The movie Selma deserves the accolades it has received not just for it
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According to Dr. King, this memoir is “the chronicle of 50,000 Negroes who took to heart the principles of nonviolence, who learned to fight for their rights with the weapon of love, and who in the process, acquired a new estimate of their own human worth.’’
In Stride Toward Freedom, King delineates racial conditions in Montgomery before, during, and after the bus boycott which lasted from December 15, 1955 until December 21, 1956. He discusses the origin and significance of the boycott, the roles that residents, civic and church leaders, and community organizations played in organizing and sustaining the movement, and the reactions of Montgomery’s white community. An unparalleled historical account, Dr. King also shares the intellectual influences of thinkers like Hegel, Marx, Thoreau, and especially Gandhi.
This account of the first successful large-scale application of nonviolent resistance in America is comprehensive, revelatory and intimate. It traces the phenomenal journey of a community, and shows how the twenty-eight year old Dr. King, with his conviction of equality and nonviolence, helped transformed the nation—and the world.
The Montgomery bus boycott was a dramatic and watershed event and it is not possible to understand modern US history and race relations without reading Stride Toward Freedom. It was released in September 1958 and was lauded by both the general public and literary critics who repeatedly labeled it “must reading.”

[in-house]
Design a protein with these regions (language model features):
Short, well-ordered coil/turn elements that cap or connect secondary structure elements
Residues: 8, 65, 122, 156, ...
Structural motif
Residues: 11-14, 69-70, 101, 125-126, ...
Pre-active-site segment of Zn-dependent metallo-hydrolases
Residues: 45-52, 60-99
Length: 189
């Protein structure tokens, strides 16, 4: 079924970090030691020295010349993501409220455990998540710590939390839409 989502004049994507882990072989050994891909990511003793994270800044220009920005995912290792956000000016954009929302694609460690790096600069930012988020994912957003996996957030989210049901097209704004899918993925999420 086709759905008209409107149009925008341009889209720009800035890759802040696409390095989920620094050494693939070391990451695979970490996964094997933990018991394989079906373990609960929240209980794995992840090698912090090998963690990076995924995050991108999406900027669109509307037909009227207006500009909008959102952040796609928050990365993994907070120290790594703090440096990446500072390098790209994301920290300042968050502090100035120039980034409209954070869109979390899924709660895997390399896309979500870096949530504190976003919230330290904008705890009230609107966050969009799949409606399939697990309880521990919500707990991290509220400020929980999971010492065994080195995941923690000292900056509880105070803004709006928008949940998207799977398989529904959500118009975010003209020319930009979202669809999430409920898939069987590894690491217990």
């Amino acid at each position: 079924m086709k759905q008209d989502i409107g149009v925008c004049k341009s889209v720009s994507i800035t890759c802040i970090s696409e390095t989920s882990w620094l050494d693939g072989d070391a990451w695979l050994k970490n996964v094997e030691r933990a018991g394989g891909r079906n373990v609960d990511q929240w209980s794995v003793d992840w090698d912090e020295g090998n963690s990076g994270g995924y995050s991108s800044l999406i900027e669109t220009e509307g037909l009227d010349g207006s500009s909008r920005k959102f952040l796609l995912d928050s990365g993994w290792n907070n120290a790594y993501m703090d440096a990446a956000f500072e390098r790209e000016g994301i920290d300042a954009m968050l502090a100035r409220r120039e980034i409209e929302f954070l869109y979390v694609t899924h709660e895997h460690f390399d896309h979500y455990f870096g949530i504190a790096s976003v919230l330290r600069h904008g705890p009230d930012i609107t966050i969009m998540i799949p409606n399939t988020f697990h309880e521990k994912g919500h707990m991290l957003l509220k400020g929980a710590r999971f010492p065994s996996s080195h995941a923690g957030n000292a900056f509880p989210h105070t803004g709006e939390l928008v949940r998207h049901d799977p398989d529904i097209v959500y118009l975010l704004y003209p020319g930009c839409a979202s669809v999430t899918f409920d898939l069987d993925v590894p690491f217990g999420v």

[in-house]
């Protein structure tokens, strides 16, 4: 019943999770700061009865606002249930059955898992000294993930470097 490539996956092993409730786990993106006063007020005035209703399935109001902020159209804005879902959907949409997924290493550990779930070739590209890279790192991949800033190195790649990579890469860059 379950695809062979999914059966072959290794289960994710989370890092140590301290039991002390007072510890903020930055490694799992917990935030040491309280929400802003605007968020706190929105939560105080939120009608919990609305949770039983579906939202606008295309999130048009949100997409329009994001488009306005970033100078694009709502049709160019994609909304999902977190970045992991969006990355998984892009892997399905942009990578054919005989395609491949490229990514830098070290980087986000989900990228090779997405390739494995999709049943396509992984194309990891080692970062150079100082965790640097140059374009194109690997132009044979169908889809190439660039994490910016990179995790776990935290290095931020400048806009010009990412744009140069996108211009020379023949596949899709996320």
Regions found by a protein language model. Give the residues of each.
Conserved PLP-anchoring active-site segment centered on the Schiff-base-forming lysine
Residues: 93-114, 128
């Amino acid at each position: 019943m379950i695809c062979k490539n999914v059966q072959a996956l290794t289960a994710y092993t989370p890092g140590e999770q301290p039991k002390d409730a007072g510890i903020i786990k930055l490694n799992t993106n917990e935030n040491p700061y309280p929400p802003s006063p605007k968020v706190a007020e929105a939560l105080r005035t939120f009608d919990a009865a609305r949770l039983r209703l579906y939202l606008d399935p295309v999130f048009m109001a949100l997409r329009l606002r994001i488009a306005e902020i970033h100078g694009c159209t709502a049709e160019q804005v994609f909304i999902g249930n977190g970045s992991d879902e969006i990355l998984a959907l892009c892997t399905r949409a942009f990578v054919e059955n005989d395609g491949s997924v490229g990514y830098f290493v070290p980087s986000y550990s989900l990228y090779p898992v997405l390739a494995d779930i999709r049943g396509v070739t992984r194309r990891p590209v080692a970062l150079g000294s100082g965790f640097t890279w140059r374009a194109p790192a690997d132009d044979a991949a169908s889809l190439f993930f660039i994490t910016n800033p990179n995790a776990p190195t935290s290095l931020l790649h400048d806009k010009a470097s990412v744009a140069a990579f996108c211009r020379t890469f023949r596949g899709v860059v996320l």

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“Many books record history; a few books make history. Stride Toward Freedom will, I believe, do both.” —Christian Century
“Martin Luther King’s early words return to us today with enormous power, as profoundly true, as wise and inspiring, now as when he wrote them fifty years ago.” —Howard Zinn
“To meet hate with retaliatory hate would do nothing but intensify the existence of evil in the universe. Hate begets hate; violence begets violence; toughness begets a greater toughness. We must meet the forces of hate with the power of love; we must meet physical force with soul force.”—Martin Luther King, Jr.
From Chapter III: The Decisive Arrest
On December 1, 1955, an attractive Negro seamstress, Mrs. Rosa Parks, boarded the Cleveland Avenue bus in downtown Montgomery. She was returning home after her regular day’s work in the Montgomery Fair, a leading department store. Tired from long hours on her feet, Mrs. Parks sat down in the first seat behind the section reserved for whites. Not long after she took her seat, the bus operator ordered her, along with three other Negro passengers, to move back in order to accommodate boarding white passengers. By this time every seat in the bus was taken. This meant that if Mrs. Parks followed the driver’s command she would have to stand while a white male passenger, who had just boarded the bus, would sit. The other three Negro passengers immediately complied with the driver’s request. But Mrs. Parks quietly refused. The result was her arrest.
There was to be much speculation about why Mrs. Parks did not obey the driver. Many people in the white community argued that she had been “planted” by the NAACP in order to lay the groundwork for a test case, and at first glance that explanation seemed plausible, since she was a former secretary of the local branch of the NAACP. So persistent and persuasive was this argument that it convinced many reporters from all over the country. Later on, when I was having press conferences three times a week— in order to accommodate the reporters and journalists who came to Montgomery from all over the world—the invariable first question was: “Did the NAACP start the bus boycott?”